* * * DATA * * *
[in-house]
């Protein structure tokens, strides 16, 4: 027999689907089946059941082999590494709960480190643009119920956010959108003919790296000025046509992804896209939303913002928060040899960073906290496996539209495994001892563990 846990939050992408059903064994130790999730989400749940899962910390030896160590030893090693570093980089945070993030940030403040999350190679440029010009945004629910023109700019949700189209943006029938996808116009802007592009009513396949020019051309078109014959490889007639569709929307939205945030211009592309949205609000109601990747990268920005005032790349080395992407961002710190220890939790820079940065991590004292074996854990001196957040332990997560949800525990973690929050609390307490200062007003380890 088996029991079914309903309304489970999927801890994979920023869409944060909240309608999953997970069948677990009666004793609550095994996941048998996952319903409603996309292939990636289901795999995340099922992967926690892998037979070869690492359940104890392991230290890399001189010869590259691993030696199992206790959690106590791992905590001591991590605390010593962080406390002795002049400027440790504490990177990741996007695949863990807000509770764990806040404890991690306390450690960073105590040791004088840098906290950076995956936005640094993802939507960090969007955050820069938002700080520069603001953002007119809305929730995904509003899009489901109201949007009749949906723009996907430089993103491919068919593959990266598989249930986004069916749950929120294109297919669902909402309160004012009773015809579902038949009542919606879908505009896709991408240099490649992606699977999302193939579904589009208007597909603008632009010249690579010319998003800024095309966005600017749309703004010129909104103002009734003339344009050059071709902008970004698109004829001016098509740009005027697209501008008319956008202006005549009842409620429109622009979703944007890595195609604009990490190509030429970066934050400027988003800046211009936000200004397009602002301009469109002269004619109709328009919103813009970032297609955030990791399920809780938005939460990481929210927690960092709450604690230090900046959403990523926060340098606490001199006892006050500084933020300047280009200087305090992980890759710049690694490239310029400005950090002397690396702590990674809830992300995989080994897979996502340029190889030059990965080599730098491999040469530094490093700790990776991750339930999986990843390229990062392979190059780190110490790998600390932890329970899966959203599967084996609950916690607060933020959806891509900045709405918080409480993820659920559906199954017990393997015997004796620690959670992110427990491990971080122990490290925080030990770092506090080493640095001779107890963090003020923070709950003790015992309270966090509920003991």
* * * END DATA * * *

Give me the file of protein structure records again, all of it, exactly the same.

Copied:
[in-house]
């Protein structure tokens, strides 16, 4: 027999689907089946059941082999590494709960480190643009119920956010959108003919790296000025046509992804896209939303913002928060040899960073906290496996539209495994001892563990 846990939050992408059903064994130790999730989400749940899962910390030896160590030893090693570093980089945070993030940030403040999350190679440029010009945004629910023109700019949700189209943006029938996808116009802007592009009513396949020019051309078109014959490889007639569709929307939205945030211009592309949205609000109601990747990268920005005032790349080395992407961002710190220890939790820079940065991590004292074996854990001196957040332990997560949800525990973690929050609390307490200062007003380890 088996029991079914309903309304489970999927801890994979920023869409944060909240309608999953997970069948677990009666004793609550095994996941048998996952319903409603996309292939990636289901795999995340099922992967926690892998037979070869690492359940104890392991230290890399001189010869590259691993030696199992206790959690106590791992905590001591991590605390010593962080406390002795002049400027440790504490990177990741996007695949863990807000509770764990806040404890991690306390450690960073105590040791004088840098906290950076995956936005640094993802939507960090969007955050820069938002700080520069603001953002007119809305929730995904509003899009489901109201949007009749949906723009996907430089993103491919068919593959990266598989249930986004069916749950929120294109297919669902909402309160004012009773015809579902038949009542919606879908505009896709991408240099490649992606699977999302193939579904589009208007597909603008632009010249690579010319998003800024095309966005600017749309703004010129909104103002009734003339344009050059071709902008970004698109004829001016098509740009005027697209501008008319956008202006005549009842409620429109622009979703944007890595195609604009990490190509030429970066934050400027988003800046211009936000200004397009602002301009469109002269004619109709328009919103813009970032297609955030990791399920809780938005939460990481929210927690960092709450604690230090900046959403990523926060340098606490001199006892006050500084933020300047280009200087305090992980890759710049690694490239310029400005950090002397690396702590990674809830992300995989080994897979996502340029190889030059990965080599730098491999040469530094490093700790990776991750339930999986990843390229990062392979190059780190110490790998600390932890329970899966959203599967084996609950916690607060933020959806891509900045709405918080409480993820659920559906199954017990393997015997004796620690959670992110427990491990971080122990490290925080030990770092506090080493640095001779107890963090003020923070709950003790015992309270966090509920003991």